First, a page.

ICC Women’s Championship preview – India vs Australia

Both Australia and India sit on 4 points from 3 games after 2-1 series wins in their opening round of ICC Women’s Championship fixtures. The run rates for Australia’s home series vs England (5.19 rpo) and India’s series in South Africa (4.55 rpo) set the record for bilateral series involving those particular combinations of opponents.  There’s no reason to think this series won’t challenge the combined 4.89 rpo that Australia and India scored at when the Indians toured Australia in 2016.

Australia come into the series on the back of ten bilateral ODI series wins in a row (which no doubt makes their World Cup campaign, between the 9th & 10th series wins, sting a little more).  Against India, Australia have won all six previous bilateral ODI series contested since 1984.

Bilateral ODI series results between India & Australia:
AUS 4-0 IND, 1984 in India
AUS 4-3 IND, 2004 in India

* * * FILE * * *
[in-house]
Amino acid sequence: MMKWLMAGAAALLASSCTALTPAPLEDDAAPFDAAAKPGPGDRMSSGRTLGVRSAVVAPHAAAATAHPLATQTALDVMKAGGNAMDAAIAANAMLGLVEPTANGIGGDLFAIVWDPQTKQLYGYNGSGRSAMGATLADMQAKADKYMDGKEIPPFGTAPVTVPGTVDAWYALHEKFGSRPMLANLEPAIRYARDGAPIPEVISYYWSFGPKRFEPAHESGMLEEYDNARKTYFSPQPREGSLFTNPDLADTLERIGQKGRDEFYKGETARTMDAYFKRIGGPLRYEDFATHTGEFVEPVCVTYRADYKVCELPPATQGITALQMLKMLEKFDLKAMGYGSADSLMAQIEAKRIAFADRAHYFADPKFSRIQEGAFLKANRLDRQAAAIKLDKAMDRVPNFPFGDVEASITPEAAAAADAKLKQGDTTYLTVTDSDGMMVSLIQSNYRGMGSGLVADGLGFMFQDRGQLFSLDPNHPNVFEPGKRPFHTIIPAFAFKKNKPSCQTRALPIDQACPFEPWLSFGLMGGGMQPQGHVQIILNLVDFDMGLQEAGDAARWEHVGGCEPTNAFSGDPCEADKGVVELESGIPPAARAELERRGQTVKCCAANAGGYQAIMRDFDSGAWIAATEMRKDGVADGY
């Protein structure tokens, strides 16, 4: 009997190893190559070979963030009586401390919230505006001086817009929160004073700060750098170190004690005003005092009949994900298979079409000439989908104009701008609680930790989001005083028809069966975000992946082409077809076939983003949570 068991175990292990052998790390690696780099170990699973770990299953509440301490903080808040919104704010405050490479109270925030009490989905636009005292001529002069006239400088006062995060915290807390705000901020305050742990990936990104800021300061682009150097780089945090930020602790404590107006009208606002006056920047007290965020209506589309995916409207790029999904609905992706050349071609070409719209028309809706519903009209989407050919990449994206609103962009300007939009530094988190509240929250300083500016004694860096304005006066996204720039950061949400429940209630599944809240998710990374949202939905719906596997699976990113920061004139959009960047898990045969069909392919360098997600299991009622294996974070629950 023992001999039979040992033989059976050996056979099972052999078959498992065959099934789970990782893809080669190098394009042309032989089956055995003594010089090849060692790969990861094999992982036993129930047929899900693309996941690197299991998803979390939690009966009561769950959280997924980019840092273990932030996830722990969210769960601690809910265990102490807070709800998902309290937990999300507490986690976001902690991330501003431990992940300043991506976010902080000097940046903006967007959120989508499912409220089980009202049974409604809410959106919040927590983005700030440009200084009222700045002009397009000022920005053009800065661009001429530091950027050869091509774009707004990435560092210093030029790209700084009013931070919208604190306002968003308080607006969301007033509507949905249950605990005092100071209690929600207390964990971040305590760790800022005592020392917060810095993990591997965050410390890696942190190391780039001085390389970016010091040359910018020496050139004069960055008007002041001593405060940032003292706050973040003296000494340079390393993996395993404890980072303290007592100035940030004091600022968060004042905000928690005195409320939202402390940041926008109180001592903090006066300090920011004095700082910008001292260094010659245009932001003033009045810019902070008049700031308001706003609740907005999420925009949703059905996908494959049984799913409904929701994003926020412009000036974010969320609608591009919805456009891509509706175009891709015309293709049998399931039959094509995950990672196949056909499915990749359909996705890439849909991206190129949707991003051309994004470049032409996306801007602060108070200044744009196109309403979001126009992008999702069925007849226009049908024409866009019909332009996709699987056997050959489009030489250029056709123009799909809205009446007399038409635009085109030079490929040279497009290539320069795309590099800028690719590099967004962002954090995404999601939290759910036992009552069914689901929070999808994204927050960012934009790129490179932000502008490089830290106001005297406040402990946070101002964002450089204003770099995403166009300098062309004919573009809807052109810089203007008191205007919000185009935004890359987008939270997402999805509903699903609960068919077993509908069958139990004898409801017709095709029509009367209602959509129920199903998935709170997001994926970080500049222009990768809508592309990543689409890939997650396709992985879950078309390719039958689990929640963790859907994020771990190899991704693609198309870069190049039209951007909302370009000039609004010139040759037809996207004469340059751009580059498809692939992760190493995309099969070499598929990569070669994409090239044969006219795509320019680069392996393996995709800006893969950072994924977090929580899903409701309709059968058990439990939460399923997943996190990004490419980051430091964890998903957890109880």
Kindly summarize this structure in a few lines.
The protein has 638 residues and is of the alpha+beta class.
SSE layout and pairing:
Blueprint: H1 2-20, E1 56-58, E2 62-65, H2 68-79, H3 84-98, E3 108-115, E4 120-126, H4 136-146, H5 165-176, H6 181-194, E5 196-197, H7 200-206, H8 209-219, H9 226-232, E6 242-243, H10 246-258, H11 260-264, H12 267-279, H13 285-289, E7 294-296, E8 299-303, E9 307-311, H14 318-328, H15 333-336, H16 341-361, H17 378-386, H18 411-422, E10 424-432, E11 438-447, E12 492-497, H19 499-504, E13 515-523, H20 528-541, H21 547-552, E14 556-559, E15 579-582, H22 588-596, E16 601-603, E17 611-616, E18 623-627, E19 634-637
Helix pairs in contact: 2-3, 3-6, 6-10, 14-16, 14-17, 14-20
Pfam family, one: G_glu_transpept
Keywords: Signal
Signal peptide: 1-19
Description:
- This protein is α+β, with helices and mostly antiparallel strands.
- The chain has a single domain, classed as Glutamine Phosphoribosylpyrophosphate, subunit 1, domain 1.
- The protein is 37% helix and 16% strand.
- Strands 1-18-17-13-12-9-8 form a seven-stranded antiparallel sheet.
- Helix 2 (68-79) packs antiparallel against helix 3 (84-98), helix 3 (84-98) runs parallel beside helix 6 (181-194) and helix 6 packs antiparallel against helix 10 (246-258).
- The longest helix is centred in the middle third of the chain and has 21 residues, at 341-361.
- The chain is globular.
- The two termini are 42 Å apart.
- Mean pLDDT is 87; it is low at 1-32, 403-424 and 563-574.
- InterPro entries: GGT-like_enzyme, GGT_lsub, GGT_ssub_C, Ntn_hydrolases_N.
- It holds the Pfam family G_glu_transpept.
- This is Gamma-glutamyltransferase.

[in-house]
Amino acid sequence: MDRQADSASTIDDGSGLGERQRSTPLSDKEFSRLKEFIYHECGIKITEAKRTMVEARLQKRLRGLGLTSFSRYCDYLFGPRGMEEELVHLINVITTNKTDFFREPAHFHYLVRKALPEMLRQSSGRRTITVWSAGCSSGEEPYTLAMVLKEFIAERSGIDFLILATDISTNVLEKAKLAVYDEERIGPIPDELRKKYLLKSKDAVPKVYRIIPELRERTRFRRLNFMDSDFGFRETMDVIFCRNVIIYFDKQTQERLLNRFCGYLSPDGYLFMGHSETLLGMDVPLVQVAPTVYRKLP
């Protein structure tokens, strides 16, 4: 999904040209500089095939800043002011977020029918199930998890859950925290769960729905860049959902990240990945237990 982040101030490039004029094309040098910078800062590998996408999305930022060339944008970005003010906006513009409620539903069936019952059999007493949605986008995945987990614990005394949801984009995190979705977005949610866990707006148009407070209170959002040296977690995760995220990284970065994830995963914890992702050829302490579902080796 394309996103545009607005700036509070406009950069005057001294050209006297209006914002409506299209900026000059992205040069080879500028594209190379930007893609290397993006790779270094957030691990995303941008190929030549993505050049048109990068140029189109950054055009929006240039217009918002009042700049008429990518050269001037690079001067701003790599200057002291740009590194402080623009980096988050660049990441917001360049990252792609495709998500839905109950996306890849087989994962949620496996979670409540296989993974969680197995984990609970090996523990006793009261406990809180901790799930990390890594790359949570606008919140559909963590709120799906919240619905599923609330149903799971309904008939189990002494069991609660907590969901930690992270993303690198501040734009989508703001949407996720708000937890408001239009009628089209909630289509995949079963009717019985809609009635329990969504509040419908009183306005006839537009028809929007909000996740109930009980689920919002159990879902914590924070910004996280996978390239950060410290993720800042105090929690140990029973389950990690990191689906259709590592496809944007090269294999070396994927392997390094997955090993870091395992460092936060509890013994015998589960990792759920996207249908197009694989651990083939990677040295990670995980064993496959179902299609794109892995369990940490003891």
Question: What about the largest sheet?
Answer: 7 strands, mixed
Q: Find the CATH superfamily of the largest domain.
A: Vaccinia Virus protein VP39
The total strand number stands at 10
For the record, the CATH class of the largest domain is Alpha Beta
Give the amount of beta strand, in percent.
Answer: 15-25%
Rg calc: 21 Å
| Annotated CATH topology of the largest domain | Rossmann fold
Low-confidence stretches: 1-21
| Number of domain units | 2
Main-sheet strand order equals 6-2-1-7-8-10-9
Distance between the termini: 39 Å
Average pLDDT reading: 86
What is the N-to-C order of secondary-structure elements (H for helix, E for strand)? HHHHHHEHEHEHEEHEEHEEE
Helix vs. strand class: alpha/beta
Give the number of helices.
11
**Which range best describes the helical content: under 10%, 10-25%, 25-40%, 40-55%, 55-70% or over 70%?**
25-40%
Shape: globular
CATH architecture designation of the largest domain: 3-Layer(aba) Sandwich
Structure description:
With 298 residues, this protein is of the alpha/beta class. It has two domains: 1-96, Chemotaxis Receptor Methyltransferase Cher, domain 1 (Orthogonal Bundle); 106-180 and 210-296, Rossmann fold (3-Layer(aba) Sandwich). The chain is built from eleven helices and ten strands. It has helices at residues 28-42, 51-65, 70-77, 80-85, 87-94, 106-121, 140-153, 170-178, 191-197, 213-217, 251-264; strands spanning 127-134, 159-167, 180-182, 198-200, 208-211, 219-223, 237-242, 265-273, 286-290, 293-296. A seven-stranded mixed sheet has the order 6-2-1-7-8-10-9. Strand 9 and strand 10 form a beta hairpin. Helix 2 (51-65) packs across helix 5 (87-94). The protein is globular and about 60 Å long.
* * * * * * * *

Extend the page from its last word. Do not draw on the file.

AUS 3-0 IND, 2006 in Australia
AUS 5-0 IND, 2008 in Australia
AUS 3-0 IND, 2012 in India
AUS 2-1 IND, 2016 in Australia

The overall record between the two sides currently stands at 34-9 to Australia, but India have recorded a couple of important victories in recent years.

Last 5 IND/AUS ODIs:
Australia won by 101 runs at Manuka Oval, Canberra, 2 Feb 2016
Australia won 6 wickets at Bellerive Oval, Hobart, 5 Feb 2016
India won by 5 wickets at Bellerive Oval, Hobart, 7 Feb 2016
Australia won by 8 wickets at County Ground, Bristol (World Cup), 12 Jul 2017
India won by 36 runs at County Ground Derby, (World Cup semi-final), 20 Jul 2017

First, India ended a run of six consecutive ODI losses against Australia with a win at Hobart in February 2016.  At the time, this was the highest target India had successfully chased in an ODI (232).  India’s timid display at Bristol in the group stage of the 2017 World Cup suggested Australia still had a significant upper hand in the rivalry, but those thoughts were allayed after the extraordinary semi-final at Derby on 20th July.